What we know so far (previous posts, with of course the scientific studies, are linked at the bottom):
• Antibodies develop following the majority of COVID19 infections (yes among both symptomatic and asymptomatic cases) • Antibodies are detectable by 19 days of symptom onset • Antibodies last at least 3 months. Which is fantastic news, because these studies were only three months long
What we don’t know so far: • How long antibodies “truly” last. Unfortunately, this just takes time. If COVID19 antibodies are anything like its cousins (SERS and MERS), we would expect 2-3 years. • How well the antibodies protect us from reinfection.
Well, a new study gives us a glimpse on our second unknown: antibody protection from reinfection
May 18-19: Before leaving for sea, all 122 crew members (113 men and 9 women) were tested for COVID19 and COVID19 antibodies. No one tested positive for an active COVID19 infection. 3 crew members tested positive for antibodies.
May 20: The fishing vessel left for sea from Seattle, Washington
June 5: Ship comes back because one person has symptoms (then tested positive and then was hospitalized). Everyone else was tested too and followed up for an average of 35 days.
June 12: By this date, 98 crew members tested positive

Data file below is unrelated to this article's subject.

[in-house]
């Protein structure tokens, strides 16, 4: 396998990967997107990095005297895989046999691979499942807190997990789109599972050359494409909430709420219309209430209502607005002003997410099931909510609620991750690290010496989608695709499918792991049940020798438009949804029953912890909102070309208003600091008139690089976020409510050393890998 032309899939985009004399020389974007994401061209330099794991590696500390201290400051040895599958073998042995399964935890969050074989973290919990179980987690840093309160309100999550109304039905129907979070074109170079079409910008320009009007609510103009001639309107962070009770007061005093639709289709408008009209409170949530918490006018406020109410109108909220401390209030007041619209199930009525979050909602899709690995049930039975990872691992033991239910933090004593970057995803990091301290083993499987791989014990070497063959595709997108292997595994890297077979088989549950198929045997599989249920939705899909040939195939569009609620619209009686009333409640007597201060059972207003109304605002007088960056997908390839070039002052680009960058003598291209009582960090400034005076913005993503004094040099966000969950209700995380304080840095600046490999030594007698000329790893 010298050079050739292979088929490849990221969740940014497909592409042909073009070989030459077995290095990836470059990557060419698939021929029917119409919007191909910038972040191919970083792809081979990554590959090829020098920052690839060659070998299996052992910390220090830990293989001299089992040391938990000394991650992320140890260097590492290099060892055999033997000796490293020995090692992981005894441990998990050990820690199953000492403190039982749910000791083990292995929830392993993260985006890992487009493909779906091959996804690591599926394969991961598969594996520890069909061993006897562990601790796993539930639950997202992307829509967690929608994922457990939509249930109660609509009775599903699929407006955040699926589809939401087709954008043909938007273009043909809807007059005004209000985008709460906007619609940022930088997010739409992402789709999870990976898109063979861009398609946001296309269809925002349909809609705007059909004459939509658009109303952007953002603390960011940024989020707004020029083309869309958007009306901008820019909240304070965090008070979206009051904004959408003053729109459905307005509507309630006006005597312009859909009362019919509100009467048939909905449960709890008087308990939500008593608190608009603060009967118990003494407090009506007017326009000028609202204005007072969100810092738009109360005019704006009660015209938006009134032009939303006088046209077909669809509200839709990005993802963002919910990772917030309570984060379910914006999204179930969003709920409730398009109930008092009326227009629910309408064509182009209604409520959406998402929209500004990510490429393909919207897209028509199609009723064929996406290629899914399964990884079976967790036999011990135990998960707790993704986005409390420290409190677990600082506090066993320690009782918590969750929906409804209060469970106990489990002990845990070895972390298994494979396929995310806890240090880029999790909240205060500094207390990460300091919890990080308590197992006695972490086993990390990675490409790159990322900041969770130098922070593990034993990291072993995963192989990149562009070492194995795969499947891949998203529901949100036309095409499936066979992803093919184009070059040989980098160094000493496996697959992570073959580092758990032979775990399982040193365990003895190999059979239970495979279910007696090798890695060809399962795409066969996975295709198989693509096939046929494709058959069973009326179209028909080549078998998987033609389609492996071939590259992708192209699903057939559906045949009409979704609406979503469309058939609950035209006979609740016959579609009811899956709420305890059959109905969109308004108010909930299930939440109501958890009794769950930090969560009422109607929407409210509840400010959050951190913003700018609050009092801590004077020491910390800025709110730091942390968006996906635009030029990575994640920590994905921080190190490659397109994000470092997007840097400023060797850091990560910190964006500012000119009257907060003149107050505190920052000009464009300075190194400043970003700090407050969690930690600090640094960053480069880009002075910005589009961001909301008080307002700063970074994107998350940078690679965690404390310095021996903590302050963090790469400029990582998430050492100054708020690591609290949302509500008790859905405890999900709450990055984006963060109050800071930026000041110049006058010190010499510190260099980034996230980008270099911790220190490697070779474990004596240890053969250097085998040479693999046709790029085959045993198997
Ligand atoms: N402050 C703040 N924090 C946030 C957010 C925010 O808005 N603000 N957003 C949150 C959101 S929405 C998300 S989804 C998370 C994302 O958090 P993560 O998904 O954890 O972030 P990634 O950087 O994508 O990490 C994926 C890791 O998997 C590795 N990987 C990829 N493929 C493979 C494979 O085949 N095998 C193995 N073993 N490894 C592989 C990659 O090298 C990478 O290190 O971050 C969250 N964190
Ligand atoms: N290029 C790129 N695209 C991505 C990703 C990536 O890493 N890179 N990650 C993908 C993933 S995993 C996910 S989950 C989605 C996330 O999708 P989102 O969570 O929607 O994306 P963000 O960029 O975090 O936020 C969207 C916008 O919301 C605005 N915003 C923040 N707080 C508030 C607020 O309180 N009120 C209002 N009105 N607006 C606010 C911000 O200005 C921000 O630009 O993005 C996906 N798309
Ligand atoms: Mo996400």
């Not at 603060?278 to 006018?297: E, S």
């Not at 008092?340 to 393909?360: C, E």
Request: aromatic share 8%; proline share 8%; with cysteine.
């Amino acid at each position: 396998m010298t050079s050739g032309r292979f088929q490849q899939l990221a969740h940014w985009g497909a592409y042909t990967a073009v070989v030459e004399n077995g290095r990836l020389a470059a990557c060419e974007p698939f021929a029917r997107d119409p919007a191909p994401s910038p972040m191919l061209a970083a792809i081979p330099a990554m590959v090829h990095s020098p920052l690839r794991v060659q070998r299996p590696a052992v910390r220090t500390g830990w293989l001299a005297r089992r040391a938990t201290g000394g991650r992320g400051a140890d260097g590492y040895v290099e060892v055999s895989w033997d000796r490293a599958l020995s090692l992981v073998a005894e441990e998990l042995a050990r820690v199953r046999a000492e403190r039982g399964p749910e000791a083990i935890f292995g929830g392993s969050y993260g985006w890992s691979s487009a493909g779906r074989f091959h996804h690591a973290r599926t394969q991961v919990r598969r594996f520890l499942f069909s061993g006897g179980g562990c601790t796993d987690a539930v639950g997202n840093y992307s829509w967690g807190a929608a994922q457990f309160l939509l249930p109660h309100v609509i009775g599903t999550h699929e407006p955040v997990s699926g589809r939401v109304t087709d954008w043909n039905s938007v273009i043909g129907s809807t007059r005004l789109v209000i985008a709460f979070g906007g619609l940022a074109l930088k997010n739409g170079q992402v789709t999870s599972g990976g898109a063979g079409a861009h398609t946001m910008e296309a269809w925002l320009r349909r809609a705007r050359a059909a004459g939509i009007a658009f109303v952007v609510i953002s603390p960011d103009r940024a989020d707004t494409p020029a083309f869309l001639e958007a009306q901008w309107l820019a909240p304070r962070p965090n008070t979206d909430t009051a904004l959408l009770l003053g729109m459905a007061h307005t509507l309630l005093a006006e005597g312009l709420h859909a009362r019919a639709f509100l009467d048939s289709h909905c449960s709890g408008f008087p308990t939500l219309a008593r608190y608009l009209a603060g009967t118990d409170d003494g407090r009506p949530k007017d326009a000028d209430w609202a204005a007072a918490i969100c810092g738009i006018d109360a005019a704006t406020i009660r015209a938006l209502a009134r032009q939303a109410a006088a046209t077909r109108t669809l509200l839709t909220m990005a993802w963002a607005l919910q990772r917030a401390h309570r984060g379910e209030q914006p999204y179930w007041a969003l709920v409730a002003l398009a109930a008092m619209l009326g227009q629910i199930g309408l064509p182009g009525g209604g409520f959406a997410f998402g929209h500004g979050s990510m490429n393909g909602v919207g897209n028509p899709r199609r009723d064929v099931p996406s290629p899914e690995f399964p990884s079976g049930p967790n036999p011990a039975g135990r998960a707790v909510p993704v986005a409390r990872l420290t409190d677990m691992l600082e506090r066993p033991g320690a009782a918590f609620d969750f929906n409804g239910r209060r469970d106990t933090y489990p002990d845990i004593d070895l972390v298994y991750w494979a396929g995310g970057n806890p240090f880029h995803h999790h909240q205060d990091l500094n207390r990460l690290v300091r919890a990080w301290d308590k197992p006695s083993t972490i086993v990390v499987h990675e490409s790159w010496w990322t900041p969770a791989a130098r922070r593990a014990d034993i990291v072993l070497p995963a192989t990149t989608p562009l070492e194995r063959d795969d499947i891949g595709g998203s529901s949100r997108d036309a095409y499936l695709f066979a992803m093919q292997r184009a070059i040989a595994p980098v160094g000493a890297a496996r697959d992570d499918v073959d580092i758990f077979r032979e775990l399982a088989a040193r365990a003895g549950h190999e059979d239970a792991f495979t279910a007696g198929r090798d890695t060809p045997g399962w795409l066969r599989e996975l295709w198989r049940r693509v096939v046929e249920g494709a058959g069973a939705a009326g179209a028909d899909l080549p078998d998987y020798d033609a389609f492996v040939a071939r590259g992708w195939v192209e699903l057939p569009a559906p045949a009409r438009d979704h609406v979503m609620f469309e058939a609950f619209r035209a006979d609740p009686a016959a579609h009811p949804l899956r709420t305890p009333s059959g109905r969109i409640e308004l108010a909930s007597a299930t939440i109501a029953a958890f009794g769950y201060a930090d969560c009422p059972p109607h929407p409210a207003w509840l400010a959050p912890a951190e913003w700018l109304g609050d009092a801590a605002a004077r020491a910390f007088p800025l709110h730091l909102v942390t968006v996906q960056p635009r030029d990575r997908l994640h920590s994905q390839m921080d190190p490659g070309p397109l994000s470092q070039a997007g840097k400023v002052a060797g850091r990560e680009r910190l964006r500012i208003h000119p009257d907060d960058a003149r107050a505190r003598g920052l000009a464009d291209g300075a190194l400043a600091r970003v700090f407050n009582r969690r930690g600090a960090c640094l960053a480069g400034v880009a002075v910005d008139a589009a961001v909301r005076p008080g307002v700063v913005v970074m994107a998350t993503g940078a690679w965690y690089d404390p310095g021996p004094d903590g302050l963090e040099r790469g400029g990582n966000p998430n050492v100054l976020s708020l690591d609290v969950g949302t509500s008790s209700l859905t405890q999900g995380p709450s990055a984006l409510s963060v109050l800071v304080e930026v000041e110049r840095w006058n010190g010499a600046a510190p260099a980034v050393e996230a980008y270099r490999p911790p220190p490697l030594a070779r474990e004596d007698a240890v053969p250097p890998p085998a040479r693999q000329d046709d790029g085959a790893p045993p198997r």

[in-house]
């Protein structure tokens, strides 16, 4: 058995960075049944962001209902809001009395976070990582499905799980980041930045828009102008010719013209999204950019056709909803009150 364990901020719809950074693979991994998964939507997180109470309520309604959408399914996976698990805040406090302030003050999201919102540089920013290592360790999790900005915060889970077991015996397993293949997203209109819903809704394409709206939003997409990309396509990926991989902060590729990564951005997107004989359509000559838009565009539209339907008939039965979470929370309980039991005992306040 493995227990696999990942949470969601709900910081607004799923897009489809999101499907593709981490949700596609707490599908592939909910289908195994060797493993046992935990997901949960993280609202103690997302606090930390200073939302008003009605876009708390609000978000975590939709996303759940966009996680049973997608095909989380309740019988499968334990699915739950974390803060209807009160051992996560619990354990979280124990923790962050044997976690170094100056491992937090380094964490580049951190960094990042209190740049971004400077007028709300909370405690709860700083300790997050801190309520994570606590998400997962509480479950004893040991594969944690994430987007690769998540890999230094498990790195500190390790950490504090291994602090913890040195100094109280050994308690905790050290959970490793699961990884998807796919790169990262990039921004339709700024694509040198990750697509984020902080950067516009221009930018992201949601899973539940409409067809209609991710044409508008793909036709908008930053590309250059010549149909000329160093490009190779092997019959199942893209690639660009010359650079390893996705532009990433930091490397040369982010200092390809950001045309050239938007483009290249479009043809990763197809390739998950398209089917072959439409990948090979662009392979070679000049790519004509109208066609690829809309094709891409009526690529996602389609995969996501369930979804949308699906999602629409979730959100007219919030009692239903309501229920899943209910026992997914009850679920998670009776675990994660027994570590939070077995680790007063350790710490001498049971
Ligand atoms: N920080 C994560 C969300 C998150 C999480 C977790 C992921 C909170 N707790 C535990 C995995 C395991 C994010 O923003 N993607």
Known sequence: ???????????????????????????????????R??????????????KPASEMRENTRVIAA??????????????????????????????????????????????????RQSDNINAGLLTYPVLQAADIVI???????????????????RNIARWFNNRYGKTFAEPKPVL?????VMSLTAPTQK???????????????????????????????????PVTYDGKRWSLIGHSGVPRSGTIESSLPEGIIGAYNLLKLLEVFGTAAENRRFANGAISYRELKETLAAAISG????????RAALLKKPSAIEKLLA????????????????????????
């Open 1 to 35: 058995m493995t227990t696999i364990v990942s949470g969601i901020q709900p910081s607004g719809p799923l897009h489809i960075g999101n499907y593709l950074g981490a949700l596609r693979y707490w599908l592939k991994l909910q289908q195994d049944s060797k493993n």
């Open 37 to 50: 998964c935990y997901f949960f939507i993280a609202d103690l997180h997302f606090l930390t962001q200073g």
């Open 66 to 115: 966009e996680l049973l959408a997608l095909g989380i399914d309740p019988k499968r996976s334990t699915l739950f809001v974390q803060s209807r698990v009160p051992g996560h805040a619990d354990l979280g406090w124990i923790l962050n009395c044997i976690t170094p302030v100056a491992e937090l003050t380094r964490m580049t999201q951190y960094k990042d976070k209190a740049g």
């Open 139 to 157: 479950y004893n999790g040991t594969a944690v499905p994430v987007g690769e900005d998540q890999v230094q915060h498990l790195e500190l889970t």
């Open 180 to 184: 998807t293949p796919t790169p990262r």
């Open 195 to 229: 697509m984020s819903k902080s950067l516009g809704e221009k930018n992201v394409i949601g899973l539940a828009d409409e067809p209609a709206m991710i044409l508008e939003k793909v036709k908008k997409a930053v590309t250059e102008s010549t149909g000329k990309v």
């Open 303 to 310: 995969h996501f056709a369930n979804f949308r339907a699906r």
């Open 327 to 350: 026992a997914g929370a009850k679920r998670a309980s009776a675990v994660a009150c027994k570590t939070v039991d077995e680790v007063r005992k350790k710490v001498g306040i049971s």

June 22: By this date, another 3 crew members tested positive
By end of study: 104 crew members (85.2% attack rate) tested positive for COVID19. 0 of the 3 crew members that had antibodies prior to departure tested positive for active COVID19 infection nor did they have any symptoms.
Translation? In this case study, antibodies are associated with protection against re-infection from a slightly different strain. This is great news, especially when we are working desperately and tirelessly for vaccines.
Previous post: How long do antibodies last? https://yourlocalepidemiologist.com/how-long-do-antibodies-last/
Previous post: “Natural herd immunity” and antibodies: https://yourlocalepidemiologist.com/herd-immunity-and-antibodies/
Picture: This is an actual picture of the fishing vessel thanks to Michael Brunk/nwlens.com